The American Academy of Religion and its companion association, the Society of Biblical Literature, is known for gathering forward-thinking theologians across denominations for the sake of cross-pollinating the best of religious research and thinking. So it's not surprising that at this year's Nov. 22-24 conference in Baltimore that part of the conference agenda was a panel of speakers whose own interests might give us all a snapshot view of Pope Francis and the challenges he faces in dealing with various current questions.
The sweeping composition of the panel -- both lay and religious, Catholic and not, male and female -- highlighted specific issues facing the church and the early responses of this present pope to areas of ecumenism, liberation theology, tradition, spiritual formation and, in my own case, women's issues and religious life.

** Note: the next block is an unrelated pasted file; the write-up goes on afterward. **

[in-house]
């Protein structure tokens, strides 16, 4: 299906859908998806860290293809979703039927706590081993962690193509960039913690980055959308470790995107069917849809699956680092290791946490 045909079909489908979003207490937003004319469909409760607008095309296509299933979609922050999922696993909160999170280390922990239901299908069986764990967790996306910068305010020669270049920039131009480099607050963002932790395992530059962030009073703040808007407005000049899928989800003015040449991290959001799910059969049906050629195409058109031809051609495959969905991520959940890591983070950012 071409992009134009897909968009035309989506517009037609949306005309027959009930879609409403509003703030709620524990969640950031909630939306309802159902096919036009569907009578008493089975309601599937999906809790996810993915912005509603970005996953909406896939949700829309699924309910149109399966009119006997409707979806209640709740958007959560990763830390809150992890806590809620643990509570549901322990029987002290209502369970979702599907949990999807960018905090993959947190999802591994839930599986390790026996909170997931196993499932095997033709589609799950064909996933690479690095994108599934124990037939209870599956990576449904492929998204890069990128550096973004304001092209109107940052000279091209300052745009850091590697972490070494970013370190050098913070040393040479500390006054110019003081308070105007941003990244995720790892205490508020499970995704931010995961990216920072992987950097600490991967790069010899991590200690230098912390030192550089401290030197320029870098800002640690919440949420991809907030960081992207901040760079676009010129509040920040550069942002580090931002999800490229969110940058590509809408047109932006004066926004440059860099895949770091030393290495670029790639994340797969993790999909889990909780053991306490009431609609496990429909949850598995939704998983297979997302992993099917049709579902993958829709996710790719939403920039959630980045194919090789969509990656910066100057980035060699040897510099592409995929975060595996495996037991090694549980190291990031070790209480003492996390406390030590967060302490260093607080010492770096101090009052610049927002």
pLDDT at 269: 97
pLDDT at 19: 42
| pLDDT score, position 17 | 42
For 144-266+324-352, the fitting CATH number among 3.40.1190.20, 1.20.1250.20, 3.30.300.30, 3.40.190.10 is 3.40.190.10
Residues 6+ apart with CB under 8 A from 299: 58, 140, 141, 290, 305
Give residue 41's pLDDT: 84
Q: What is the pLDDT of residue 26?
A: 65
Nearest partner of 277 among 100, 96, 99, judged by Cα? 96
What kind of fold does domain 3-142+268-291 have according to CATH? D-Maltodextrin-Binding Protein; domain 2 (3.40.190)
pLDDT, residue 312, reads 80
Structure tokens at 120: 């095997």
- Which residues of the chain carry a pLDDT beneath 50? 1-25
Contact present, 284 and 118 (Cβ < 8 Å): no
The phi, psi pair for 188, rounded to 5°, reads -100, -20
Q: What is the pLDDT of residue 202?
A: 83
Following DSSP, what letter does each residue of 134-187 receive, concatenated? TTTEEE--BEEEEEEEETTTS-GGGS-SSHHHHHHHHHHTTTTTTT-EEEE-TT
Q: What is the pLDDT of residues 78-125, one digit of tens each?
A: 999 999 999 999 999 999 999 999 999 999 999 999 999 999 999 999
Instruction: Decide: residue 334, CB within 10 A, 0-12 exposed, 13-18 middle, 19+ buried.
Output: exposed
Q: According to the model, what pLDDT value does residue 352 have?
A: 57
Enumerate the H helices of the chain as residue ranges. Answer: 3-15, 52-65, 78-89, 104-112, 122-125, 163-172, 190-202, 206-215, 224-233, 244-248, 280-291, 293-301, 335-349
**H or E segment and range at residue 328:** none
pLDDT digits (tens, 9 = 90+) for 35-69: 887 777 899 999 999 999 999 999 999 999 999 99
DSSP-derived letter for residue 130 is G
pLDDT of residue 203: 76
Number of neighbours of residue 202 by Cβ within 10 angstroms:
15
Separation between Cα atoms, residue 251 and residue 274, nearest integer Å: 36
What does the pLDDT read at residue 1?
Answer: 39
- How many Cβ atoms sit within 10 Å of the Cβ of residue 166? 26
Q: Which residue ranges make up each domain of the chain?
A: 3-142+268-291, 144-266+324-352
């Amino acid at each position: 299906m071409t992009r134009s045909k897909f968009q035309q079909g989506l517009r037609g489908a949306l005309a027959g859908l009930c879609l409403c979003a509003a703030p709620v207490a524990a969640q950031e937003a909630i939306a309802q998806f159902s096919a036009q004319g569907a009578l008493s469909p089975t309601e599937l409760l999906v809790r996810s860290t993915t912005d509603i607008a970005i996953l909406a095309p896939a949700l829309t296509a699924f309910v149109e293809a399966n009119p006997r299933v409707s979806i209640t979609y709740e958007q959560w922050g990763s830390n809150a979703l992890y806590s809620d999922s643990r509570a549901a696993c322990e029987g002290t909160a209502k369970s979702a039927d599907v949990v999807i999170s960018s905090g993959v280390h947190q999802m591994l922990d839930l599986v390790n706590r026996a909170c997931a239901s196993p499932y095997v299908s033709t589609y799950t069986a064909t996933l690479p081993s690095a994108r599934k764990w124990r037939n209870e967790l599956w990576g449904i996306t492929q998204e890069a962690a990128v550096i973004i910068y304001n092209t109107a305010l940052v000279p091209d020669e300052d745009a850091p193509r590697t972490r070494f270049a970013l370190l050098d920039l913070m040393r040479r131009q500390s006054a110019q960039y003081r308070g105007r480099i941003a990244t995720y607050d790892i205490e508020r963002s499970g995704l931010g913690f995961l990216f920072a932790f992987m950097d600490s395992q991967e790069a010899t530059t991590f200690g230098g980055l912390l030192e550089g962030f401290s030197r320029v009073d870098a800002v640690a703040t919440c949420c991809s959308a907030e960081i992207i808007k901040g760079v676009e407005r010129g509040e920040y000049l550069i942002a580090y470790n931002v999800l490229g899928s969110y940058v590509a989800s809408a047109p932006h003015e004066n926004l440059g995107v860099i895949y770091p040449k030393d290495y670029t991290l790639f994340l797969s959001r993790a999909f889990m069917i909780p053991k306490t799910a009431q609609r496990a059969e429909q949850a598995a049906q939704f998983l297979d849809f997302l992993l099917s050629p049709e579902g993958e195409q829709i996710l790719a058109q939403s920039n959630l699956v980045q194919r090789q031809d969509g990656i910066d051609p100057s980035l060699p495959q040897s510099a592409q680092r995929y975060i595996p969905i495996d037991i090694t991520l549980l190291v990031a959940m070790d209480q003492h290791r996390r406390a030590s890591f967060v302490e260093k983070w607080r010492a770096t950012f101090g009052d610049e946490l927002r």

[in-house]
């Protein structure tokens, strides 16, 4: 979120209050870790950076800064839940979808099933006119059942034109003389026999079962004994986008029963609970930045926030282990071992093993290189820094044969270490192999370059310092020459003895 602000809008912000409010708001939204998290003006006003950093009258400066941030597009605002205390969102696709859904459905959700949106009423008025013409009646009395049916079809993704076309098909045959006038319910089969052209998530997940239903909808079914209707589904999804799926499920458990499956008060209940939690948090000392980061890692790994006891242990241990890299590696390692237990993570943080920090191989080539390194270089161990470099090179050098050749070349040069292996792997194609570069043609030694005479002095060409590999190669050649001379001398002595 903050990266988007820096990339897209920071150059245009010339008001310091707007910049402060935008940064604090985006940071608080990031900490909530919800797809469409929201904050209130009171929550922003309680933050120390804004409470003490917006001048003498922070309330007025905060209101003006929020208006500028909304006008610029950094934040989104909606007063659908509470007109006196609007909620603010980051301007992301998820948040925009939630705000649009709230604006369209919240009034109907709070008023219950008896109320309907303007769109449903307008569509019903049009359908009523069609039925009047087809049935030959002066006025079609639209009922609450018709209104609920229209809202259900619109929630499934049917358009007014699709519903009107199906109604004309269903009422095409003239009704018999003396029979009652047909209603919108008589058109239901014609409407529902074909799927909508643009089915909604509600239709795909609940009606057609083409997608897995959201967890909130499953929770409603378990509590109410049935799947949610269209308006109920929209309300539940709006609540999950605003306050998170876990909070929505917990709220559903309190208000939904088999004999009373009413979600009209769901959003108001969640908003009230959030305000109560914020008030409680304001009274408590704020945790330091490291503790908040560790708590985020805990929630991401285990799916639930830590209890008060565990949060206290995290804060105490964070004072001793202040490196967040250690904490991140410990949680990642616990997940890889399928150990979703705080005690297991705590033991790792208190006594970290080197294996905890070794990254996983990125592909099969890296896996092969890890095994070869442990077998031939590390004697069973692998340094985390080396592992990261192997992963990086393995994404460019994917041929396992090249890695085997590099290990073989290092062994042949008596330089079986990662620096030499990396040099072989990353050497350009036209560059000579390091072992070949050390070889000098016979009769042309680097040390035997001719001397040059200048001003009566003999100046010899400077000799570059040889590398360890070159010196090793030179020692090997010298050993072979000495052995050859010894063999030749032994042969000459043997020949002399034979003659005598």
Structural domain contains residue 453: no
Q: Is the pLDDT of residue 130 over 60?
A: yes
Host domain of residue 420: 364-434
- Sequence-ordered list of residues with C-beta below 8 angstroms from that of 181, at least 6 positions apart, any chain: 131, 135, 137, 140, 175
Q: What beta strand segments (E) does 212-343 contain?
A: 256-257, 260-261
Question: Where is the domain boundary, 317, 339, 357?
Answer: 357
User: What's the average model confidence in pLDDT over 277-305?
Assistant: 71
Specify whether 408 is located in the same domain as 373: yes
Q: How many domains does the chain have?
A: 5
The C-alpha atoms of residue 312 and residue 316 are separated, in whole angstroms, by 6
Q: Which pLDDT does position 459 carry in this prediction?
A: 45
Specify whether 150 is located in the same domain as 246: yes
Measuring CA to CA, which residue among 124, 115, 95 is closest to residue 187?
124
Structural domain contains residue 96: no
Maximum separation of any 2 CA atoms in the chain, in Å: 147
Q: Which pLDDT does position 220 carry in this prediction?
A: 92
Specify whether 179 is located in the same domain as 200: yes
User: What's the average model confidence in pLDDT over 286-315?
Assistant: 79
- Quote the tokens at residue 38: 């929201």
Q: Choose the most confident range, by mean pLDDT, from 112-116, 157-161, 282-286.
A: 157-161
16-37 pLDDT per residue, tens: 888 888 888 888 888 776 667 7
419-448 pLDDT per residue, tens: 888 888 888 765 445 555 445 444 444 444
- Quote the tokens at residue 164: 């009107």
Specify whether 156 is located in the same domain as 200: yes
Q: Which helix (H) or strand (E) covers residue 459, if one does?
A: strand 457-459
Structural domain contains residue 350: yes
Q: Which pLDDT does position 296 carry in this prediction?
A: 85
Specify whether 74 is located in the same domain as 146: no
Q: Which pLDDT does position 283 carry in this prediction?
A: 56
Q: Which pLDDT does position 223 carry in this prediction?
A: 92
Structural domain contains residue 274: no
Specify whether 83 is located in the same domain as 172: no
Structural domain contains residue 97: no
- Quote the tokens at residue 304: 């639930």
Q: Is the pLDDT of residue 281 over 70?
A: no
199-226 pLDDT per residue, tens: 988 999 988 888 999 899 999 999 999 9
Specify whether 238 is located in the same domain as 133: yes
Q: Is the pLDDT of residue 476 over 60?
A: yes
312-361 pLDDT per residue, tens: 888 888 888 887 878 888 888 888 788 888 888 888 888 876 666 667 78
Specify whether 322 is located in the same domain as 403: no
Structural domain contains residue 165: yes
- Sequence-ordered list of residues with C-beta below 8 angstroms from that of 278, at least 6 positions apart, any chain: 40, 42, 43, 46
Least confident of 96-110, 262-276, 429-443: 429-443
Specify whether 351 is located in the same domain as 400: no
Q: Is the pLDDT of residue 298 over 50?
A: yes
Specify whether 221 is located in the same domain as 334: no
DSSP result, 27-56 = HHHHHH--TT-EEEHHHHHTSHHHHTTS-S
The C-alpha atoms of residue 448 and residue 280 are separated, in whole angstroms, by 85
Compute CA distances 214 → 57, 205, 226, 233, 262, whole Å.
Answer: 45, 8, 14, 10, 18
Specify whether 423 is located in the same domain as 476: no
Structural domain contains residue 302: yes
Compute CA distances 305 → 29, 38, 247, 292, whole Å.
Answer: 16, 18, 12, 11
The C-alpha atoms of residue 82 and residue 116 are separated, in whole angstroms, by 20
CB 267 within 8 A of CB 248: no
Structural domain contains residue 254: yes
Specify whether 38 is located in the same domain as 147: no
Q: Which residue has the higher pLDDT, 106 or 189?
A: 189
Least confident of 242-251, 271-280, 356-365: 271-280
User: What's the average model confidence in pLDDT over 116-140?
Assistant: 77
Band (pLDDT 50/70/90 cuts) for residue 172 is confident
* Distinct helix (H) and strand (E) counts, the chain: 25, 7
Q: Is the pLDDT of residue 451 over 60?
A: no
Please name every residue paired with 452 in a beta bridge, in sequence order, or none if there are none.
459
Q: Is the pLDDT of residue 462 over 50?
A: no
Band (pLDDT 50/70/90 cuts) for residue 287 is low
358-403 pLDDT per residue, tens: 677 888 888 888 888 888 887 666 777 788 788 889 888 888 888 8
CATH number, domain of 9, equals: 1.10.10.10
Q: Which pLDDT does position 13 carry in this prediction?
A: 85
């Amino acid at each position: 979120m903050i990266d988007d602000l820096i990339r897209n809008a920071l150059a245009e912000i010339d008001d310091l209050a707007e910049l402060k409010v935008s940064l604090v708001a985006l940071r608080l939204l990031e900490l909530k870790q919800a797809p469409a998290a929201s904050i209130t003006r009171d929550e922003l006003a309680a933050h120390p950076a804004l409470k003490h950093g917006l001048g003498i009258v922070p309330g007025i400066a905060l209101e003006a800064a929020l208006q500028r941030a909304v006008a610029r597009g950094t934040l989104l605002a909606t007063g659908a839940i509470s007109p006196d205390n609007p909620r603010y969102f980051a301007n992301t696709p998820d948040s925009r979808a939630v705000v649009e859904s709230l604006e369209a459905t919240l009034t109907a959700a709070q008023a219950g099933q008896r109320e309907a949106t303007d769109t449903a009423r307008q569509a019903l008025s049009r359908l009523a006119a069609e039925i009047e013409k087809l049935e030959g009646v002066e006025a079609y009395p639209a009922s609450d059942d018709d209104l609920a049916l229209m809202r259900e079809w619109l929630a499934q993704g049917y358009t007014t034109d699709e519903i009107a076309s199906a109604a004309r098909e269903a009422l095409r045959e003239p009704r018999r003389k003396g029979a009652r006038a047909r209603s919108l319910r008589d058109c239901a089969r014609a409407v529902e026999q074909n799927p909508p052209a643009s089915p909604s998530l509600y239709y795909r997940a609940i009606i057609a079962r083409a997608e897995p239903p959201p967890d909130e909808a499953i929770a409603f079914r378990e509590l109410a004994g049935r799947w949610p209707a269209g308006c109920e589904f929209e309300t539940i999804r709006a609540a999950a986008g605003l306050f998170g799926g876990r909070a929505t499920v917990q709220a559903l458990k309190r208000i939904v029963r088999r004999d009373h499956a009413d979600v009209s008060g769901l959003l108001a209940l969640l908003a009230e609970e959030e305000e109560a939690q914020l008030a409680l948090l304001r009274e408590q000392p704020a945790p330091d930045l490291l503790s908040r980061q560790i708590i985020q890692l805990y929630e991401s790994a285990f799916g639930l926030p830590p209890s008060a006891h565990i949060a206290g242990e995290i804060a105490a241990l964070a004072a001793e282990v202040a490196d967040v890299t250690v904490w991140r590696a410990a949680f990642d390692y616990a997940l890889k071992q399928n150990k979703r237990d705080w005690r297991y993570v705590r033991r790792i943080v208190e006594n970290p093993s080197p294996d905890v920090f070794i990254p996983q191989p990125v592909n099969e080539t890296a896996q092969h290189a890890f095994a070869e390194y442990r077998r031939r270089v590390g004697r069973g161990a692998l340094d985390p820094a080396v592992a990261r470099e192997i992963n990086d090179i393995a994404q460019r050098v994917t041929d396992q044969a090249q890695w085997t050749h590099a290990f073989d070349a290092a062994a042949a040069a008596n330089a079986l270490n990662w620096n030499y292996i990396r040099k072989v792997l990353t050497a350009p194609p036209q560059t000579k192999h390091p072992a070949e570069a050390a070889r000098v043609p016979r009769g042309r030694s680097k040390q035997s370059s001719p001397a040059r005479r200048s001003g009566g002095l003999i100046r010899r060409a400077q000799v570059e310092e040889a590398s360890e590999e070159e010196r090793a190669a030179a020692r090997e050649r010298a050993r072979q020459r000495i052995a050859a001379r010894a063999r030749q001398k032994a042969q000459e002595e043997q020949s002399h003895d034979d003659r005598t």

In today's column, in the interest of broadening the conversation, I'll share the remarks I made as part of that panel.
The 20th-century Jesuit philosopher Pierre Teilhard de Chardin wrote: "The only task worthy of our efforts is to construct the future." My concern today is how to construct a new future for women around the world through the global outreach of the church.
The 6th-century philosopher Boethius reminds us that every age that is dying is simply a new age coming to life. A second insight that gets my attention comes from Woody Allen 15 centuries later: "I'm not afraid of dying; I just don't want to be there when it happens."
Both messages are clear: First, continuity can go too far. Second, to fail to face the moment we're in can fail the future that's coming with or without us and whether we like it or not.
Point: This is a crossover moment in history.
This is the moment when history discovered women.
In fact, intelligent men as well as intelligent women realize now that feminism is not about femaleness. It's not about female chauvinism either, or feminismo machismo. And it's …
Benedictine Sister Joan Chittister
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